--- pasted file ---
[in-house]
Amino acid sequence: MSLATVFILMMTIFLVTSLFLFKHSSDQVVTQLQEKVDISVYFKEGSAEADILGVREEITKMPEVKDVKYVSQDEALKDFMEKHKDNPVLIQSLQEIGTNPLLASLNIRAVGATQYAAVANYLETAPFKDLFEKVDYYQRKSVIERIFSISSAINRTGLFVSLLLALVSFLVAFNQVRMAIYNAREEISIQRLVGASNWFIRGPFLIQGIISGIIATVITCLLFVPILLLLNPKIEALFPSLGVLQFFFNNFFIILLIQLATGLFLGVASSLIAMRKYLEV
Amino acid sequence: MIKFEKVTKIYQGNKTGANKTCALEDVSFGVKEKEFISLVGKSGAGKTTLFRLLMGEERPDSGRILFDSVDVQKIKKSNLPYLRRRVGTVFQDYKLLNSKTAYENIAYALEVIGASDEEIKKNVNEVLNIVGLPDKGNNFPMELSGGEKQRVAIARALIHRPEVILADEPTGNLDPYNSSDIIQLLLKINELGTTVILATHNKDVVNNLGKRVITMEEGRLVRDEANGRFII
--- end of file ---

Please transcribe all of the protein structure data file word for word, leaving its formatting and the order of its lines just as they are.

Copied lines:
[in-house]
Amino acid sequence: MSLATVFILMMTIFLVTSLFLFKHSSDQVVTQLQEKVDISVYFKEGSAEADILGVREEITKMPEVKDVKYVSQDEALKDFMEKHKDNPVLIQSLQEIGTNPLLASLNIRAVGATQYAAVANYLETAPFKDLFEKVDYYQRKSVIERIFSISSAINRTGLFVSLLLALVSFLVAFNQVRMAIYNAREEISIQRLVGASNWFIRGPFLIQGIISGIIATVITCLLFVPILLLLNPKIEALFPSLGVLQFFFNNFFIILLIQLATGLFLGVASSLIAMRKYLEV
Amino acid sequence: MIKFEKVTKIYQGNKTGANKTCALEDVSFGVKEKEFISLVGKSGAGKTTLFRLLMGEERPDSGRILFDSVDVQKIKKSNLPYLRRRVGTVFQDYKLLNSKTAYENIAYALEVIGASDEEIKKNVNEVLNIVGLPDKGNNFPMELSGGEKQRVAIARALIHRPEVILADEPTGNLDPYNSSDIIQLLLKINELGTTVILATHNKDVVNNLGKRVITMEEGRLVRDEANGRFII